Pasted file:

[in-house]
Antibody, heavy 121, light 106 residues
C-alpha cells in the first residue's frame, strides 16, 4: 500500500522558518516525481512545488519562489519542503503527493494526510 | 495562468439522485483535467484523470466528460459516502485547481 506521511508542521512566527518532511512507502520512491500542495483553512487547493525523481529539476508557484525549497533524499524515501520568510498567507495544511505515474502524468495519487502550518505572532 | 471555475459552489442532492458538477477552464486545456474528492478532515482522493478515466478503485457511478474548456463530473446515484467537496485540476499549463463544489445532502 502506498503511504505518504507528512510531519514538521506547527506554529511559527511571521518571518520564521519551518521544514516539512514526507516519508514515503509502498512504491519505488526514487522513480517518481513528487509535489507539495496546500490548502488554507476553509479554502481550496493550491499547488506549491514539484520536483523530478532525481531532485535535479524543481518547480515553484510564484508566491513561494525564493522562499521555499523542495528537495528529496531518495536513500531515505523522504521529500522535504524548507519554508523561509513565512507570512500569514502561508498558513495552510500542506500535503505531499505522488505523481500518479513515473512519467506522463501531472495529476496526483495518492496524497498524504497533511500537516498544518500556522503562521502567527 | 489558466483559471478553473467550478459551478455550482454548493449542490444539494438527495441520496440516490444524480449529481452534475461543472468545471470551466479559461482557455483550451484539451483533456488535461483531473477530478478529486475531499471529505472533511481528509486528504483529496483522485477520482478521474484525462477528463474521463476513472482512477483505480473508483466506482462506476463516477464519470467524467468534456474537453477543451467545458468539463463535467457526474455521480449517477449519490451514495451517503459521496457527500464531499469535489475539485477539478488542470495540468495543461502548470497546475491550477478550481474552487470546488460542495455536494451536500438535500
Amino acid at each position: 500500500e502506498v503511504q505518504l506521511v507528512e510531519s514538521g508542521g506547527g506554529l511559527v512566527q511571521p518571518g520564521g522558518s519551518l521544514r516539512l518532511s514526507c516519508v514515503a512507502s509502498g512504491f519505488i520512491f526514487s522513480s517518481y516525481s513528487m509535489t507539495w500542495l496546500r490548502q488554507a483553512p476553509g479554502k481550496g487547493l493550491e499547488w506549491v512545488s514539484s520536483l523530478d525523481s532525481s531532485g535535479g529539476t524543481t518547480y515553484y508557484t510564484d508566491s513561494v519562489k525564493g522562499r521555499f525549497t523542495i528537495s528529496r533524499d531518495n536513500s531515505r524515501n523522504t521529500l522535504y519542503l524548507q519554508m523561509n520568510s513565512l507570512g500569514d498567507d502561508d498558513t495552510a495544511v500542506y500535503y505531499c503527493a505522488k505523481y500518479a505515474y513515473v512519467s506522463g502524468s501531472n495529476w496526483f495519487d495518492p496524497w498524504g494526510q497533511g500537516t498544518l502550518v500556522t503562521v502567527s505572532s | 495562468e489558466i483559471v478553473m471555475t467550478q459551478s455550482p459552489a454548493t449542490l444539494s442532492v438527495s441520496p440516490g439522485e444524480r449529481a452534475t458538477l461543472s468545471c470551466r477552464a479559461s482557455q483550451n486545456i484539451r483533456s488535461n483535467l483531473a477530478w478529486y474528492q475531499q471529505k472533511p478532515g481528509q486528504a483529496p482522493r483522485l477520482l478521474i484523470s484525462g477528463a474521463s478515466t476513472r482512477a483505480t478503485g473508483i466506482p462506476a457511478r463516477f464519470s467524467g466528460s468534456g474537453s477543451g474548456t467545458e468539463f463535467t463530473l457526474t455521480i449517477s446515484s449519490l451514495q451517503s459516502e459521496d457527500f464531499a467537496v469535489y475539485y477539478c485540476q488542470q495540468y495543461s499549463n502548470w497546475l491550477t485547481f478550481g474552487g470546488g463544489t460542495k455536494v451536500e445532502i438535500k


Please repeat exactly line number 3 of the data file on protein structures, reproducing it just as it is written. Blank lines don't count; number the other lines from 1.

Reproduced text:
C-alpha cells in the first residue's frame, strides 16, 4: 500500500522558518516525481512545488519562489519542503503527493494526510 | 495562468439522485483535467484523470466528460459516502485547481 506521511508542521512566527518532511512507502520512491500542495483553512487547493525523481529539476508557484525549497533524499524515501520568510498567507495544511505515474502524468495519487502550518505572532 | 471555475459552489442532492458538477477552464486545456474528492478532515482522493478515466478503485457511478474548456463530473446515484467537496485540476499549463463544489445532502 502506498503511504505518504507528512510531519514538521506547527506554529511559527511571521518571518520564521519551518521544514516539512514526507516519508514515503509502498512504491519505488526514487522513480517518481513528487509535489507539495496546500490548502488554507476553509479554502481550496493550491499547488506549491514539484520536483523530478532525481531532485535535479524543481518547480515553484510564484508566491513561494525564493522562499521555499523542495528537495528529496531518495536513500531515505523522504521529500522535504524548507519554508523561509513565512507570512500569514502561508498558513495552510500542506500535503505531499505522488505523481500518479513515473512519467506522463501531472495529476496526483495518492496524497498524504497533511500537516498544518500556522503562521502567527 | 489558466483559471478553473467550478459551478455550482454548493449542490444539494438527495441520496440516490444524480449529481452534475461543472468545471470551466479559461482557455483550451484539451483533456488535461483531473477530478478529486475531499471529505472533511481528509486528504483529496483522485477520482478521474484525462477528463474521463476513472482512477483505480473508483466506482462506476463516477464519470467524467468534456474537453477543451467545458468539463463535467457526474455521480449517477449519490451514495451517503459521496457527500464531499469535489475539485477539478488542470495540468495543461502548470497546475491550477478550481474552487470546488460542495455536494451536500438535500